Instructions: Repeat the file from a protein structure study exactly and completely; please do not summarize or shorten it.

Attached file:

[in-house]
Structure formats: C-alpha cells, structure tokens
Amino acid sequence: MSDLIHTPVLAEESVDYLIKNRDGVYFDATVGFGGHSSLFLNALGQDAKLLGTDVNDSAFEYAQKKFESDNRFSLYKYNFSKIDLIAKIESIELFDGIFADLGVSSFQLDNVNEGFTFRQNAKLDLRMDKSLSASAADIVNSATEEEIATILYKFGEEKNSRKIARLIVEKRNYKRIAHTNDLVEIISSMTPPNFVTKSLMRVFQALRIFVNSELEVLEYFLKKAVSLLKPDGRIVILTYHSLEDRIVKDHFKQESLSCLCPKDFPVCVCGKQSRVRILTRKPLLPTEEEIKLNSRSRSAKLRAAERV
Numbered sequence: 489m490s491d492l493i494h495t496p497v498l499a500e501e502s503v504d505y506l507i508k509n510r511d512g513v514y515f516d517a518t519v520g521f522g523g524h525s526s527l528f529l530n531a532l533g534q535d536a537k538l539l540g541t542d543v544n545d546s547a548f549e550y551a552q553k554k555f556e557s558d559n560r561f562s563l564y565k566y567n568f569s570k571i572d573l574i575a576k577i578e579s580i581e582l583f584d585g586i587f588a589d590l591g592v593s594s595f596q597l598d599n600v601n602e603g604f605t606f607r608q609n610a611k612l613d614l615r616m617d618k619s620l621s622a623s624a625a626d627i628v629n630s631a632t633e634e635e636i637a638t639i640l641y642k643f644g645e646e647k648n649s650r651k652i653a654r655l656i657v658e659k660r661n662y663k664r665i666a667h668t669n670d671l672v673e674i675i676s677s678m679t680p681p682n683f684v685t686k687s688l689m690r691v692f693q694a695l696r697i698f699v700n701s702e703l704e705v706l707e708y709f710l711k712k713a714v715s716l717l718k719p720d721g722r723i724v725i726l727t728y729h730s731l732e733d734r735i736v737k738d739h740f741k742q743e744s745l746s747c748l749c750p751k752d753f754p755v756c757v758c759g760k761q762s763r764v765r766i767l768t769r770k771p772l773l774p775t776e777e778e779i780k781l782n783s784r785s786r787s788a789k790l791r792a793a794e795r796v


[in-house]
Structure formats: C-alpha cells, structure tokens
Amino acid sequence: MSDLIHTPVLAEESVDYLIKNRDGVYFDATVGFGGHSSLFLNALGQDAKLLGTDVNDSAFEYAQKKFESDNRFSLYKYNFSKIDLIAKIESIELFDGIFADLGVSSFQLDNVNEGFTFRQNAKLDLRMDKSLSASAADIVNSATEEEIATILYKFGEEKNSRKIARLIVEKRNYKRIAHTNDLVEIISSMTPPNFVTKSLMRVFQALRIFVNSELEVLEYFLKKAVSLLKPDGRIVILTYHSLEDRIVKDHFKQESLSCLCPKDFPVCVCGKQSRVRILTRKPLLPTEEEIKLNSRSRSAKLRAAERV
Numbered sequence: 489m490s491d492l493i494h495t496p497v498l499a500e501e502s503v504d505y506l507i508k509n510r511d512g513v514y515f516d517a518t519v520g521f522g523g524h525s526s527l528f529l530n531a532l533g534q535d536a537k538l539l540g541t542d543v544n545d546s547a548f549e550y551a552q553k554k555f556e557s558d559n560r561f562s563l564y565k566y567n568f569s570k571i572d573l574i575a576k577i578e579s580i581e582l583f584d585g586i587f588a589d590l591g592v593s594s595f596q597l598d599n600v601n602e603g604f605t606f607r608q609n610a611k612l613d614l615r616m617d618k619s620l621s622a623s624a625a626d627i628v629n630s631a632t633e634e635e636i637a638t639i640l641y642k643f644g645e646e647k648n649s650r651k652i653a654r655l656i657v658e659k660r661n662y663k664r665i666a667h668t669n670d671l672v673e674i675i676s677s678m679t680p681p682n683f684v685t686k687s688l689m690r691v692f693q694a695l696r697i698f699v700n701s702e703l704e705v706l707e708y709f710l711k712k713a714v715s716l717l718k719p720d721g722r723i724v725i726l727t728y729h730s731l732e733d734r735i736v737k738d739h740f741k742q743e744s745l746s747c748l749c750p751k752d753f754p755v756c757v758c759g760k761q762s763r764v765r766i767l768t769r770k771p772l773l774p775t776e777e778e779i780k781l782n783s784r785s786r787s788a789k790l791r792a793a794e795r796v